If Tok Pa is officially named as the Mentri Besar candidate, the party can retake the state easily.
Having a power base is crucial for all political parties that want to be competitive in the long term. From that power base, they can project the model of government they can offer to win or retain power.
After taking over Penang from Gerakan, DAP has quickly turned the state into their own power base. Building their strength from Penang, today DAP is an important force nationally as well as in other states.
The party can confidently go to all parts of the country showing people the successes it has achieved in Penang, and project a model of how they would govern other states if they were to win power there.
Similarly, PKR too is making full use of its leadership in Selangor. The state’s wealth and the various machinery of government are available for use to project the party’s own model government.
We may agree or disagree with how these resources are used, but the point I am making is that having Selangor as PKR’s base has been beneficial for the party.
The importance of having a power base is not lost on the leaders of other parties. When I met the leaders of newer parties like Amanah and PPBM, they too expressed the desire to win at least one state, if not Putrajaya, in order to build their own base.
PAS is no different. Kelantan and Terengganu have been the party’s power base for decades, with their luck being better in Kelantan.
It ruled Terengganu for only two short terms. Its stint in Kelantan has been more successful, with the first one for 18 years (1959 to 1977), while the current one started in 1990.
I am sure PAS too is very aware of what could become of the party if it loses Kelantan. Despite all the bravado that it publicly displays, it would be foolish to think that it is not worried about the possibility of losing its only power base.
The biggest challenger in Kelantan is, of course, Umno.
In GE13, PAS won 32 of the 45 state seats, while PKR won one and Umno the remaining 12. At first glance, this looks comfortable for PAS. However, the picture is different as we dig deeper.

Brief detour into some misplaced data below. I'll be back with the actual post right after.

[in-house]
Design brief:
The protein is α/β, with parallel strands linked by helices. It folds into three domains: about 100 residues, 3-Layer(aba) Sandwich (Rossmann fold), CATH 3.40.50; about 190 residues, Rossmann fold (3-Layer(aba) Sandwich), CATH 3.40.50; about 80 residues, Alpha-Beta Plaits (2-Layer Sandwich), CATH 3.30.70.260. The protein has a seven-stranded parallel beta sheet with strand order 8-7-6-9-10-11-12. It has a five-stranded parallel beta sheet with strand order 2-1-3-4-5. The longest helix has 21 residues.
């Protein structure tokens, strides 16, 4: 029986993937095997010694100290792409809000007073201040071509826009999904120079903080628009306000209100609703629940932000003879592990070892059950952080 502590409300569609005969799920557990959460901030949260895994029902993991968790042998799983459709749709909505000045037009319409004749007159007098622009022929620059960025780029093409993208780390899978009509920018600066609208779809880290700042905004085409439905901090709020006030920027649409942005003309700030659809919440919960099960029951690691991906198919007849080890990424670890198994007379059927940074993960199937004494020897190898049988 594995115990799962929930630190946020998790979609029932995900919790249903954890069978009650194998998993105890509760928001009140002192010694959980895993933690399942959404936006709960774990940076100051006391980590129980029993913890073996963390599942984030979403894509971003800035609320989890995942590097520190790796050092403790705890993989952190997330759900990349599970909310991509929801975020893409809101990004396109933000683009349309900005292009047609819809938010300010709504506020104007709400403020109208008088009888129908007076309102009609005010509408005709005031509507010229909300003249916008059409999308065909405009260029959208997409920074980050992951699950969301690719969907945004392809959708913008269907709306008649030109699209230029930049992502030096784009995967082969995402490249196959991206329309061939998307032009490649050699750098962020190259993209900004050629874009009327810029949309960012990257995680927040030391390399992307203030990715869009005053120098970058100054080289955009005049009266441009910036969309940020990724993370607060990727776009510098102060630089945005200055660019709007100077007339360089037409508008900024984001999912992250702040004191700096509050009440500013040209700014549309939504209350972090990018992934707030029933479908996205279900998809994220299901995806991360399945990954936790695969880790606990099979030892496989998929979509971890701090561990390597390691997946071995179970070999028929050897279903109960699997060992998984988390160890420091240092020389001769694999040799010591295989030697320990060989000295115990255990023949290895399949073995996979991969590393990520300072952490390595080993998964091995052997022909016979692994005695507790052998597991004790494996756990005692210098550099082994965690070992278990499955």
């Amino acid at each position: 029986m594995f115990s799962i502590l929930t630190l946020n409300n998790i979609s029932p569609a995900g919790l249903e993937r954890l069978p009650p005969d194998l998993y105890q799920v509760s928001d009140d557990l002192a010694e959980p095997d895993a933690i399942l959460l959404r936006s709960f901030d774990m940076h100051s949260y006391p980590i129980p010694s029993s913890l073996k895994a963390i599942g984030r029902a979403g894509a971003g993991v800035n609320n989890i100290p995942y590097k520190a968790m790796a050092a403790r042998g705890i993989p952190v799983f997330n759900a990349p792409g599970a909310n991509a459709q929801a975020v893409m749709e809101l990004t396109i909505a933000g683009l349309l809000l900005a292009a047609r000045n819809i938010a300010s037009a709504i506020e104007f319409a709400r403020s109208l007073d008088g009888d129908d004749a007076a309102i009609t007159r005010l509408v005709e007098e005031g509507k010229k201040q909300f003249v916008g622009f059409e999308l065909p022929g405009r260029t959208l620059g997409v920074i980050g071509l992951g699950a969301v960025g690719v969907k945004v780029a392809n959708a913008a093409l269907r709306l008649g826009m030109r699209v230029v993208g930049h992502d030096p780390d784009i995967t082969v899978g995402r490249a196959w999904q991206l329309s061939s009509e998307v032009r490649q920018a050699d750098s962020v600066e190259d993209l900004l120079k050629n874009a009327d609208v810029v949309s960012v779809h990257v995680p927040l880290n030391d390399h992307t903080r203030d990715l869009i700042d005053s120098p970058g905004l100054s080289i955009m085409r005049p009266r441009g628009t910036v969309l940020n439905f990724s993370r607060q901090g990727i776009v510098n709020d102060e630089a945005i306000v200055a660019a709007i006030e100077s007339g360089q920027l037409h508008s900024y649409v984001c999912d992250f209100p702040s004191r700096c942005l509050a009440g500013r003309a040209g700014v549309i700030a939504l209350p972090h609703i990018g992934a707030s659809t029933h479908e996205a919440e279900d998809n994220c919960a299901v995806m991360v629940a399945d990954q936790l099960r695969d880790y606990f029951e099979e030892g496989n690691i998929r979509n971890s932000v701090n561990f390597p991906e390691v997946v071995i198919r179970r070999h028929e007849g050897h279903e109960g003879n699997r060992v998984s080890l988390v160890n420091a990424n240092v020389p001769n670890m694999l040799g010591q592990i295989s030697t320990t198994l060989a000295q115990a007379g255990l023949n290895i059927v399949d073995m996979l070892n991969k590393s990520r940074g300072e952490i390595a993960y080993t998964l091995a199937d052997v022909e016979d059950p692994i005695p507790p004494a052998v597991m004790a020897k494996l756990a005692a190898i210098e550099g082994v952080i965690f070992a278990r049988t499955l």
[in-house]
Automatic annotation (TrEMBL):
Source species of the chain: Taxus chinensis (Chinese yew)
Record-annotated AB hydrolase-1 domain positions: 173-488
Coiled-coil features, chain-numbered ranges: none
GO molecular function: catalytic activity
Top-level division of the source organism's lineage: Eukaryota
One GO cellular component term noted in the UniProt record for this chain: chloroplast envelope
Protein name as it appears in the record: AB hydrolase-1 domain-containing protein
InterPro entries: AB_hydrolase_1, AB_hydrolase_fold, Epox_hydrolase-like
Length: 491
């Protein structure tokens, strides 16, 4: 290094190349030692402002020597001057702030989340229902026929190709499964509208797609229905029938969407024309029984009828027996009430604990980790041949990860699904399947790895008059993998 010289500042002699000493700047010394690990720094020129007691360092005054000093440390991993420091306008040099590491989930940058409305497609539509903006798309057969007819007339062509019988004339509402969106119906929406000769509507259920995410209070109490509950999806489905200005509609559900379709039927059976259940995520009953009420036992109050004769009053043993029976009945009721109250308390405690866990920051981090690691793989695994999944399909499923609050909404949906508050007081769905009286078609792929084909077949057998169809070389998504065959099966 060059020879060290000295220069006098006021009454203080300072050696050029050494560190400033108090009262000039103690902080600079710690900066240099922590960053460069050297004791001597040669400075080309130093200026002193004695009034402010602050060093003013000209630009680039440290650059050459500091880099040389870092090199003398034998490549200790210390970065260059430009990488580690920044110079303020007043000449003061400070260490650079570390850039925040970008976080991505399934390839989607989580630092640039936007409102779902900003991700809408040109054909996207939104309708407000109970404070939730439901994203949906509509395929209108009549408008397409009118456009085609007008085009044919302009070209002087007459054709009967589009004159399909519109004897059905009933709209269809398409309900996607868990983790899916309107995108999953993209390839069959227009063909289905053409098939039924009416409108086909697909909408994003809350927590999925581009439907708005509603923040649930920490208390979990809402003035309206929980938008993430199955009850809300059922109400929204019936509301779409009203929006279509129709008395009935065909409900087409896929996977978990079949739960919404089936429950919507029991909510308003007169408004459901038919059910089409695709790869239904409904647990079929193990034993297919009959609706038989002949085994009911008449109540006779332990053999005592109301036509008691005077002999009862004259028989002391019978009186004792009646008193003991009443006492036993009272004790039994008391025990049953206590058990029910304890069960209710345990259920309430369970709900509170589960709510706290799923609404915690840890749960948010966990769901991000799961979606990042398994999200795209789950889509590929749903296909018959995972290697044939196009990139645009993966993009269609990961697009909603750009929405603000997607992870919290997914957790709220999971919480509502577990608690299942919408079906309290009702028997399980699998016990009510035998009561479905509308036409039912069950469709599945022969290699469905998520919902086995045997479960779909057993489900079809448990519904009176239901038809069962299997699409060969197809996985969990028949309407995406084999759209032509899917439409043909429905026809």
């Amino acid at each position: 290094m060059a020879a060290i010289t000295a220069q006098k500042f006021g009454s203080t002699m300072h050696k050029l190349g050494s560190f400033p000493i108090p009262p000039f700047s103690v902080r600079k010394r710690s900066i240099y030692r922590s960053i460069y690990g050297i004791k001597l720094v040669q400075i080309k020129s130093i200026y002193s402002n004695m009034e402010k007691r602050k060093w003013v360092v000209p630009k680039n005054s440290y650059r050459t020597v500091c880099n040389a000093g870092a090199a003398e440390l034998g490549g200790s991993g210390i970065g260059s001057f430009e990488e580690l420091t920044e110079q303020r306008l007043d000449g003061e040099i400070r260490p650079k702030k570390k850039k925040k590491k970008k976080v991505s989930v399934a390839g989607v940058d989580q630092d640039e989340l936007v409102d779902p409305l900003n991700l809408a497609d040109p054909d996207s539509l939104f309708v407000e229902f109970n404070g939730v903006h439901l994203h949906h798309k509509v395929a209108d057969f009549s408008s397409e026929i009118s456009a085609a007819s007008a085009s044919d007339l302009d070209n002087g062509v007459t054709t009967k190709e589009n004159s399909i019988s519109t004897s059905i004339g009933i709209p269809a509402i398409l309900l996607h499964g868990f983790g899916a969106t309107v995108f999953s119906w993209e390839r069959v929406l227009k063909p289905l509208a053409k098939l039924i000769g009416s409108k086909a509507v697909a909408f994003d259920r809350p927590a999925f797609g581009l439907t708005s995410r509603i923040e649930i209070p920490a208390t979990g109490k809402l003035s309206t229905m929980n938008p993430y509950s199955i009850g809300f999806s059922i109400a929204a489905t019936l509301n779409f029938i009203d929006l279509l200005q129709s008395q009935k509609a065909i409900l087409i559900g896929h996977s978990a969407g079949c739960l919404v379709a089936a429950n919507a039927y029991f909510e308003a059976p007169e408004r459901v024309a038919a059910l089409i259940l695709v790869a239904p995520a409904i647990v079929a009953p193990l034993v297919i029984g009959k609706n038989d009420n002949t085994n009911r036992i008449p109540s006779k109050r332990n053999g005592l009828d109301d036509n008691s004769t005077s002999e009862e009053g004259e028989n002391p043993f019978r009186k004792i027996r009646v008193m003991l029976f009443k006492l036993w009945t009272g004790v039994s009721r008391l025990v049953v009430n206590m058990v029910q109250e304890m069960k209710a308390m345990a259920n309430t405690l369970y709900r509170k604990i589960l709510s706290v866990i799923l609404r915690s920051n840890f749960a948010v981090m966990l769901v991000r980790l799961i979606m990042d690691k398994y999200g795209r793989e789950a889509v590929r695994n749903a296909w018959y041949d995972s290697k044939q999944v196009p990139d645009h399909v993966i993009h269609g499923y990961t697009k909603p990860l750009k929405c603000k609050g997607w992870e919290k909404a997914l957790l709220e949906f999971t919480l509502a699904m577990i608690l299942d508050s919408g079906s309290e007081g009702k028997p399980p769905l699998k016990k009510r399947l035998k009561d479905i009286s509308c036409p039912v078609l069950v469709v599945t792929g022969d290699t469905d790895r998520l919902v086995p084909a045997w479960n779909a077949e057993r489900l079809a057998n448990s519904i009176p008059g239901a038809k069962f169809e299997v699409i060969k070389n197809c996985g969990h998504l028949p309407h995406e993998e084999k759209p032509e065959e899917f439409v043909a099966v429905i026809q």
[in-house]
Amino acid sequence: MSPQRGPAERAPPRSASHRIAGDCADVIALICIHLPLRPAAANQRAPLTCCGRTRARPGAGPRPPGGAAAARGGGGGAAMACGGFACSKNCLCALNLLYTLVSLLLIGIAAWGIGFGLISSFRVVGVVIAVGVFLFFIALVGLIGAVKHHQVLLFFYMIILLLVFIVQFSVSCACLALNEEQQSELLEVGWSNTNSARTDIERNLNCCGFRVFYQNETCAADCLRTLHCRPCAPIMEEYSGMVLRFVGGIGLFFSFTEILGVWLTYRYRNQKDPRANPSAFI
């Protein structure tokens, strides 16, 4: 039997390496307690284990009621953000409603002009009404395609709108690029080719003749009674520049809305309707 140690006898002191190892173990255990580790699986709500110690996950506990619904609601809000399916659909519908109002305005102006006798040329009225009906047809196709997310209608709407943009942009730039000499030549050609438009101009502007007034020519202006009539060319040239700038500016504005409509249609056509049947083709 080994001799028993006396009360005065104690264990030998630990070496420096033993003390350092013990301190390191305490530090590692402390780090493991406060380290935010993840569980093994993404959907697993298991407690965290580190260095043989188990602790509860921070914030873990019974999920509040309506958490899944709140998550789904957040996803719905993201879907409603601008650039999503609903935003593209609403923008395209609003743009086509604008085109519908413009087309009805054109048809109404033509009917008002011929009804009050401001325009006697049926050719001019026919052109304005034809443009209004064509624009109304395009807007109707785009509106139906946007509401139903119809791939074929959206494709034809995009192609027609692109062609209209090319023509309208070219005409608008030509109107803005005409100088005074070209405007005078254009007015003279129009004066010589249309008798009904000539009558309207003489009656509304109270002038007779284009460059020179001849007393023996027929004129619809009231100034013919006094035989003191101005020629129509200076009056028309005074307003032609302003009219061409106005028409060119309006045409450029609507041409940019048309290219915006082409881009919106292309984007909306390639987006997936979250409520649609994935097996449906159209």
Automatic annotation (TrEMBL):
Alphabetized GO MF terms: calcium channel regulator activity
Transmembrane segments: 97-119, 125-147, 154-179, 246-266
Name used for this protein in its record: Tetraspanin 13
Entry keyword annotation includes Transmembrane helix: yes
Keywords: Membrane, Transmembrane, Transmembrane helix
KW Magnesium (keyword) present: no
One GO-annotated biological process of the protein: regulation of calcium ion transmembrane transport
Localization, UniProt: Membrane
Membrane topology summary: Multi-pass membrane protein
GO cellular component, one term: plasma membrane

Before going further, I must first say that Umno did not win their 12 seats convincingly. Ten of the seats were won with majorities of fewer than 2,500, and of those, five were below the 1,000-vote majority. So Umno’s victories were not very big at all.
But the threat to PAS is not from Umno. It comes from Amanah because this new party could pull votes away from the former.
The vast majority of Amanah’s supporters are those who left PAS. So Umno’s level of support may not be too affected.
If PAS, Umno and Amanah were to put candidates across Kelantan, creating state-wide three-cornered fights, Umno can lie down and just wait for the crown to be handed to it. The splitting of votes between PAS and Amanah will almost certainly benefit Umno.
In GE13, 17 of the 32 seats that went to PAS were won with majorities slimmer than 2,500 votes. The majorities in 11 of those seats were just about 1,000 votes or fewer. So it is not at all difficult to remove PAS from those seats.
If Amanah can gain just 3,000 votes from PAS in each of these seats, it is not enough to secure a win for the new party, but enough to make PAS lose. And Umno will be presented with 17 additional seats, allowing it to comfortably form the state government.
Umno also has a very potent weapon it can deploy – Datuk Seri Mustapa Mohamed, the Minister of International Trade and Industry.
Tok Pa, as he is fondly known, is a respected Kelantanese. He is well liked by friends and foes. Even his political opponents hardly have anything bad to say about him. His track record has been exemplary.
If Tok Pa is officially named as the Mentri Besar candidate, and combined with the impact of three-cornered fights, Umno will retake Kelantan hands down.
The question, however, is whether Umno really wants to win Kelantan.
Several friends are trying to convince me that Umno will allow PAS to keep its Kelantan power base if PAS agrees to force three-cornered fights in other parts of the country. All PAS leaders I met have denied any deal with Umno, but the rumour lingers on.
At the same time, I must admit that I have not seen Umno’s seriousness either. Otherwise, they would have named Tok Pa as their MB candidate a long time ago.
Wan Saiful Wan Jan is chief executive of the Institute for Democracy and Economic Affairs, and Visiting Senior Fellow at ISEAS Yusof Ishak Institute, Singapore. The views expressed here are entirely the writer’s own.